In the survey conducted by the ISC it was observed that about one third of the participating schools classified themselves as selective. The statistics showed that 27% of them gave admission to students on the basis of tests and previous school records. The survey also highlighted that around 6% of the participating institutes are Highly Selective. The remaining considered themselves Non Selective in varying degrees. Of them:
– About 13% claimed to accept a managed number of children with mild learning differences
– Around 28% said that they grant admission to a managed number of kids with both mild and moderate learning differences
– Approximately 9% stated that they take on a managed number of students with learning differences, which may also include intensive needs. In most instances, such children are required to follow a modified curriculum. Some of them are also placed in the school within a school program, following an alternate path to graduation.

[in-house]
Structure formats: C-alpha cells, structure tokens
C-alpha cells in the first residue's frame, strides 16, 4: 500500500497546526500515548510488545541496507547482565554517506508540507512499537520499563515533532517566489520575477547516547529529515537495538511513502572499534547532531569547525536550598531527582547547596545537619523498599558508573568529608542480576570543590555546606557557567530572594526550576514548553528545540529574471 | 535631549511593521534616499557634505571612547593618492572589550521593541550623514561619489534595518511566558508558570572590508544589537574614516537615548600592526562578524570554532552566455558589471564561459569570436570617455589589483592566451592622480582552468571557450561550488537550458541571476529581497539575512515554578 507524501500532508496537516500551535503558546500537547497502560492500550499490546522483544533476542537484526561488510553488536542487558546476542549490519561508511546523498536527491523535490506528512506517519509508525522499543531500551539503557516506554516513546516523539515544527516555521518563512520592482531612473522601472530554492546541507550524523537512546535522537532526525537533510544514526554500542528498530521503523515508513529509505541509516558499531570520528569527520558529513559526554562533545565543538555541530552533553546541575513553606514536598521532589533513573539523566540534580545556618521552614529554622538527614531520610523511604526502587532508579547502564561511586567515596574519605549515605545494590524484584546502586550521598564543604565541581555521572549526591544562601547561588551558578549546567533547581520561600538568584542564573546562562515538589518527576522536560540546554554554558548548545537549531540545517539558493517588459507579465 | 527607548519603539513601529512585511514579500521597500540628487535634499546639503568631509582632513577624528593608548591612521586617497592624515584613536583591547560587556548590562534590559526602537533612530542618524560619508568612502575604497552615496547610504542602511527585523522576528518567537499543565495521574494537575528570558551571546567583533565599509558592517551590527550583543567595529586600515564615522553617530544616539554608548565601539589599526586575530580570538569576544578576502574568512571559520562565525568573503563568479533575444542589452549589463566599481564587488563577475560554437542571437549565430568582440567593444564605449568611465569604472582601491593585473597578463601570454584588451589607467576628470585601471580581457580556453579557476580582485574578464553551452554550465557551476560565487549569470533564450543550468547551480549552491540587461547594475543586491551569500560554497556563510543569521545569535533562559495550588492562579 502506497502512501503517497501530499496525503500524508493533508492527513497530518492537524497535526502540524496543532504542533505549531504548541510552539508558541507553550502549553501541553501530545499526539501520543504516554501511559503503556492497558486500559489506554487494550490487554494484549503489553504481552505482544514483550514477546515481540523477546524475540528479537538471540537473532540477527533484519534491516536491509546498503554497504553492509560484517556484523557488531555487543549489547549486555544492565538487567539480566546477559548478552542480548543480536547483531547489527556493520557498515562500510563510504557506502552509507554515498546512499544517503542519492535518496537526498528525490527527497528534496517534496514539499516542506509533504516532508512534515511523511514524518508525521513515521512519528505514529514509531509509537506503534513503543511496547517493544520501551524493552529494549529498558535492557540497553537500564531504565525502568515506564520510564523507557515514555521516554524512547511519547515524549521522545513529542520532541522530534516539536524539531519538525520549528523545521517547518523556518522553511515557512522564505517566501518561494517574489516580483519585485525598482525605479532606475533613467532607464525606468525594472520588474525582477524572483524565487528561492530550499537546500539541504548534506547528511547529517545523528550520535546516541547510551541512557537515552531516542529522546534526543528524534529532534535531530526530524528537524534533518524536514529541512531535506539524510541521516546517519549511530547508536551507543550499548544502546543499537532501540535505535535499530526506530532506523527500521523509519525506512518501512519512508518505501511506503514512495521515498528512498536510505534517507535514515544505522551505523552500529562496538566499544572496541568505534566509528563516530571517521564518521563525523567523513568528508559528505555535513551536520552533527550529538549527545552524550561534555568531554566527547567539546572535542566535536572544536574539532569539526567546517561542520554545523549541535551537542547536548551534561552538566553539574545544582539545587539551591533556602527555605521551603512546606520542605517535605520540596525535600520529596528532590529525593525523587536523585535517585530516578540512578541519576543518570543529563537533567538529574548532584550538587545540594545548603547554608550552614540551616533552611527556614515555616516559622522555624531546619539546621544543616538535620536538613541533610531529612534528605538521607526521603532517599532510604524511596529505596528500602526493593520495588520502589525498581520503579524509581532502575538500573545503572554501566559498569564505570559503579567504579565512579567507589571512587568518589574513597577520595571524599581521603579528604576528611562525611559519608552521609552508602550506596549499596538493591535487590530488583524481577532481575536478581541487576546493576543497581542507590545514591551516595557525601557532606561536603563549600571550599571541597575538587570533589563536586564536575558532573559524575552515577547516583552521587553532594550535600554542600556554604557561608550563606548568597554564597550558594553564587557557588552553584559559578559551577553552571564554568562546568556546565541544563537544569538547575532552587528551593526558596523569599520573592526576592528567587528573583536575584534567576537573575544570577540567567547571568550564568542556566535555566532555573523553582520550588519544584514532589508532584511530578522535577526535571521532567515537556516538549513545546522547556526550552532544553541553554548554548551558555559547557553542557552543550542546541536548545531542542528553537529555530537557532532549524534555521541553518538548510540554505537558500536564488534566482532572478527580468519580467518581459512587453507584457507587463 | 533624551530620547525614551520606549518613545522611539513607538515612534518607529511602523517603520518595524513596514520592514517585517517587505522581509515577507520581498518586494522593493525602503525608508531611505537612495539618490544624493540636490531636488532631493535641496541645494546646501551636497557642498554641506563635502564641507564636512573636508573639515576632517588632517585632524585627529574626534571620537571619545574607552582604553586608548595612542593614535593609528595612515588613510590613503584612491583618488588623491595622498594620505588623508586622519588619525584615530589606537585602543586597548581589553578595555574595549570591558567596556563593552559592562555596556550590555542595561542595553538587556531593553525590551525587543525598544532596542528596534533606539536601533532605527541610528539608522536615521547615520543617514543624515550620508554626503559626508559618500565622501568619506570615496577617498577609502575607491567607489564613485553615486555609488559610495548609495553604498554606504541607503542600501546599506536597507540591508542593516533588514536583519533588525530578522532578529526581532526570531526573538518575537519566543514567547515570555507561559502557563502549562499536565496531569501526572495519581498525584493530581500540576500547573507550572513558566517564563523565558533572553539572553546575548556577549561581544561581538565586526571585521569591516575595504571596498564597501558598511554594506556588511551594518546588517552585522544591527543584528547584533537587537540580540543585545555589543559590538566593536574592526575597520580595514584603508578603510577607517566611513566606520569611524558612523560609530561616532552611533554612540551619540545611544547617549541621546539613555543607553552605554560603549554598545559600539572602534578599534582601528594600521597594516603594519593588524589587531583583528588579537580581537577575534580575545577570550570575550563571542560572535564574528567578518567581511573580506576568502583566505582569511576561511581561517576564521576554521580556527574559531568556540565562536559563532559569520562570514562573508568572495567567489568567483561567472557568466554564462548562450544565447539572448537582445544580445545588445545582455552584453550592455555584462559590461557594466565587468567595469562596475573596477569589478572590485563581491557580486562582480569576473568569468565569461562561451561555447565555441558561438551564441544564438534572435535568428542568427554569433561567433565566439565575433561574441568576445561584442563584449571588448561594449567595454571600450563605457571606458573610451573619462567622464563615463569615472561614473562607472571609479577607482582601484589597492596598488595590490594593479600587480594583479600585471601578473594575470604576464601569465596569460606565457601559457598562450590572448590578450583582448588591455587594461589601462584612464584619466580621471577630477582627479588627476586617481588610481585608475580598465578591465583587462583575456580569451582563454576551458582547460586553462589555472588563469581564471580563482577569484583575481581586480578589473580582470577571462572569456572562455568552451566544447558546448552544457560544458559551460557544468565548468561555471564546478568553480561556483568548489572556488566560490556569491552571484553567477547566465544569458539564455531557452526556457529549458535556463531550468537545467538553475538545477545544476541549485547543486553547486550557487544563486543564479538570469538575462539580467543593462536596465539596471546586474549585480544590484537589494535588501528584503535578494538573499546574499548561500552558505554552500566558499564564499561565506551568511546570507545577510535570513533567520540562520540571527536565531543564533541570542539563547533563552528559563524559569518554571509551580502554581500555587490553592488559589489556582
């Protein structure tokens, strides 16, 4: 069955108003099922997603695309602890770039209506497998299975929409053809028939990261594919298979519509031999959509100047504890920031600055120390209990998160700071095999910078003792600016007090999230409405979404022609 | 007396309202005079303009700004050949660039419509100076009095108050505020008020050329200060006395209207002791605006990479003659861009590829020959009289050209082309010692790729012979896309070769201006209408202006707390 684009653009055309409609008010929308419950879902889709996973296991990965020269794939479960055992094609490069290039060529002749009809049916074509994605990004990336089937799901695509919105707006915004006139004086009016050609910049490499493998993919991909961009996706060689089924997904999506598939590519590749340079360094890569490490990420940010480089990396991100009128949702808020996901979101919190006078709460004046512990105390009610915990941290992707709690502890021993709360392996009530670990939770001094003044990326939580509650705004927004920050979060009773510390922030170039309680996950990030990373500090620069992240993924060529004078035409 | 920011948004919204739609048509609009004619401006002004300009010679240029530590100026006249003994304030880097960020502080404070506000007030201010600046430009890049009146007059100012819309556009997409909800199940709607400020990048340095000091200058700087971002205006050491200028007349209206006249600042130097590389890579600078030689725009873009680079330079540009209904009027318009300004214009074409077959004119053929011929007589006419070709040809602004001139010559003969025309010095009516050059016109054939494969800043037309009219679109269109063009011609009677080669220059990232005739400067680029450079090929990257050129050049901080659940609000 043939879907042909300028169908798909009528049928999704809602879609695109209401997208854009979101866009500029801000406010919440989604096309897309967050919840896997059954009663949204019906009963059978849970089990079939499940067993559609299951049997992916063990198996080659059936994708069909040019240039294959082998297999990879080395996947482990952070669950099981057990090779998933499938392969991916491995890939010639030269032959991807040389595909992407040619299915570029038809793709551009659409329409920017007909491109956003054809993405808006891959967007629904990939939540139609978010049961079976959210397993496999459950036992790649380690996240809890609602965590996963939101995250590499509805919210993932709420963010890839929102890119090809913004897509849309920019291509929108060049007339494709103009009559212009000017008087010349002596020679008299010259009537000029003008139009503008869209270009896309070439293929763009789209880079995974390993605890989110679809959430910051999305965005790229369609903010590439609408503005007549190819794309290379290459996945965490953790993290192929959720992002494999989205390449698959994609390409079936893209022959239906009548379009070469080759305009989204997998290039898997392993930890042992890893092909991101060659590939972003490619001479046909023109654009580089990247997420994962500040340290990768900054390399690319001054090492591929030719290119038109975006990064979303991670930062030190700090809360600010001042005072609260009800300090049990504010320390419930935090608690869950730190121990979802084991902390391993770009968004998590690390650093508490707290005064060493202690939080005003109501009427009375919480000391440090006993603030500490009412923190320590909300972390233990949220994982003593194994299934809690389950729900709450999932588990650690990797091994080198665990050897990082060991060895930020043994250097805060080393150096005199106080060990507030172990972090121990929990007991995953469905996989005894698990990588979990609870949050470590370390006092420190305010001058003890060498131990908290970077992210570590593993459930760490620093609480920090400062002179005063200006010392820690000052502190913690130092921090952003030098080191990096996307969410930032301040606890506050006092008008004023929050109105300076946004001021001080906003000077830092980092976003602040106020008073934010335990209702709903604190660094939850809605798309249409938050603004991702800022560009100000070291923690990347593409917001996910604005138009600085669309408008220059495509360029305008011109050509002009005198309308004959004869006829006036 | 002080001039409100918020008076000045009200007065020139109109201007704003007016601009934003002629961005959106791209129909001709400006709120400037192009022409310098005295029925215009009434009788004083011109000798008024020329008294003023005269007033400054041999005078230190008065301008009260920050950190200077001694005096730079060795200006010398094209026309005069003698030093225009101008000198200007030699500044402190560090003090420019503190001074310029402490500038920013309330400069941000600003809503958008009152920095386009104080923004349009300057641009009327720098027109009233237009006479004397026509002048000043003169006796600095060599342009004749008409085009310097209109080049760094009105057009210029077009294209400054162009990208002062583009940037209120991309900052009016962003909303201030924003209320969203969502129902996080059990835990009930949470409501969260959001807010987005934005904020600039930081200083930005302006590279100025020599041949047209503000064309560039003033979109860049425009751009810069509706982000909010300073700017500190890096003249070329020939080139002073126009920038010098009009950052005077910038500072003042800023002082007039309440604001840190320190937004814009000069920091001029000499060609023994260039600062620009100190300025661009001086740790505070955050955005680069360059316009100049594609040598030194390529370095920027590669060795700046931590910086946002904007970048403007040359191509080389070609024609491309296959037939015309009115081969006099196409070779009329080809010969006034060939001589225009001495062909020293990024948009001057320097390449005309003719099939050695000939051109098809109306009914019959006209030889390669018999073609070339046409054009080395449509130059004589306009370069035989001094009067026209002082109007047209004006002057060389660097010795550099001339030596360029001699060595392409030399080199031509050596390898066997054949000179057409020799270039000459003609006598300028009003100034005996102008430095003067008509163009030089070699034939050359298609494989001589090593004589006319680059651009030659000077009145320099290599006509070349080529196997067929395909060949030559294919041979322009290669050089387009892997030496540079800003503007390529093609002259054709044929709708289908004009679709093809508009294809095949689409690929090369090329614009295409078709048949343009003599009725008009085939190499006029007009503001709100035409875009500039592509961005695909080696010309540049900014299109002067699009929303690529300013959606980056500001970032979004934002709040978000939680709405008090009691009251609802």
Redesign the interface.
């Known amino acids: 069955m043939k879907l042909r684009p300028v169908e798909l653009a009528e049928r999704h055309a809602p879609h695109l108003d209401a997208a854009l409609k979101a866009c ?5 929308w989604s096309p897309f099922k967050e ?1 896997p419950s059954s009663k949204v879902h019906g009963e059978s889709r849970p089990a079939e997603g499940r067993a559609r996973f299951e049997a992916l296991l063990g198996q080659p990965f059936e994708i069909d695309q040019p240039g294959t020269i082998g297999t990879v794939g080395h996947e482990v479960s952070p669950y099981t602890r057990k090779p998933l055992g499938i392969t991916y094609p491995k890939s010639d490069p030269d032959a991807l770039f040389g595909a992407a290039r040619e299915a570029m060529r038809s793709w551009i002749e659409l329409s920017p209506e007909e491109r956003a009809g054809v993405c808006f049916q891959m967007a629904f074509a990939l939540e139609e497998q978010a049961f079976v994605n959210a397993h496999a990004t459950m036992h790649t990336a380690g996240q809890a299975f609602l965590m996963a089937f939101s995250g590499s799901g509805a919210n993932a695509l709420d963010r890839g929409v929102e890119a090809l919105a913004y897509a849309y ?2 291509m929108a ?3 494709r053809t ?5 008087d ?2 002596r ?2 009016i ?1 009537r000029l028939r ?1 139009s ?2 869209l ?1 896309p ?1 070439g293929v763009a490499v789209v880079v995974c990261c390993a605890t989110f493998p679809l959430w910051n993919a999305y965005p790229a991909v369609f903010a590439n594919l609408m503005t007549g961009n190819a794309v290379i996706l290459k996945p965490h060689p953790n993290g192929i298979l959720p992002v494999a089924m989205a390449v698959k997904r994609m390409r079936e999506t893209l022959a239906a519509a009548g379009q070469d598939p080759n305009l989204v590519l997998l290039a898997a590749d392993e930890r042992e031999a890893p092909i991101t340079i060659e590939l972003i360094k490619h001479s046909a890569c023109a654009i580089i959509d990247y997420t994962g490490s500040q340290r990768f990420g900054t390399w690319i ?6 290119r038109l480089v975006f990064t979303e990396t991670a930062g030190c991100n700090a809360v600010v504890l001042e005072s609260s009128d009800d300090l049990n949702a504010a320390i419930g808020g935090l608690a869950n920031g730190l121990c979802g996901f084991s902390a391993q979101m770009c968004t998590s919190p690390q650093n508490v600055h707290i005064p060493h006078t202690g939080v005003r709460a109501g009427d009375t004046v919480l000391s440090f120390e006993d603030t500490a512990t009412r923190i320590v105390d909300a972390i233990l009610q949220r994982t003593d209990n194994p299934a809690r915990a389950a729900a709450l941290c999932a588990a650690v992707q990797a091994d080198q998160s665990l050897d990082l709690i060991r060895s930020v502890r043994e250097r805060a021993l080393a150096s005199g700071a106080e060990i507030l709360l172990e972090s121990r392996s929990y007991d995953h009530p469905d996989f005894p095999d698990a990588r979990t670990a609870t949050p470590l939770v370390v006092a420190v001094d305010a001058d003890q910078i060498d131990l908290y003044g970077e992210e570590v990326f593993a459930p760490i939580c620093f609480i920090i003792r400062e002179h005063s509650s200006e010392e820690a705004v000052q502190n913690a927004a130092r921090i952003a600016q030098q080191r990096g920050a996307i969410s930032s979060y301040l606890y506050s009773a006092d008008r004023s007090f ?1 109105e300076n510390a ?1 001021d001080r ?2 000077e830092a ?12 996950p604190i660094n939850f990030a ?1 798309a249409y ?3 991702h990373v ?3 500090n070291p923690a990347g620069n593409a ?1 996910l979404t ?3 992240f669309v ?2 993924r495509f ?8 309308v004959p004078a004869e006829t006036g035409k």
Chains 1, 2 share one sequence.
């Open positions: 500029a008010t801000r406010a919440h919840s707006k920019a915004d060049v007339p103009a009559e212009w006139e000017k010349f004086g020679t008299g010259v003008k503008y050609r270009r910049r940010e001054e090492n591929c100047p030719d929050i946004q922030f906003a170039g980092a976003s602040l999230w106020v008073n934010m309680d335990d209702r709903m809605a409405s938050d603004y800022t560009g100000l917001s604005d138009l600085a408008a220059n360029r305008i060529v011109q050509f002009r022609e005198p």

Among the schools that are following inclusion, integration with the mainstream classroom may vary to a great extent. For example:
– 35% of them claim to follow an inclusive approach as far as possible
– 25% state that they use learning specialists as consultants
– 10% use a learning specialist for co-planning, co-teaching, and co-assessment, along with the mainstream teacher (known as the push-in model)
– 44% say that they make use of push-in as well as pull-out (resource room) models
– 5% employ the pull-out model as the main learning approach
The NFI observed that there is a lot of ambiguity around the relative merits and demerits of the different provision models. Obviously, higher understanding of each has to be developed.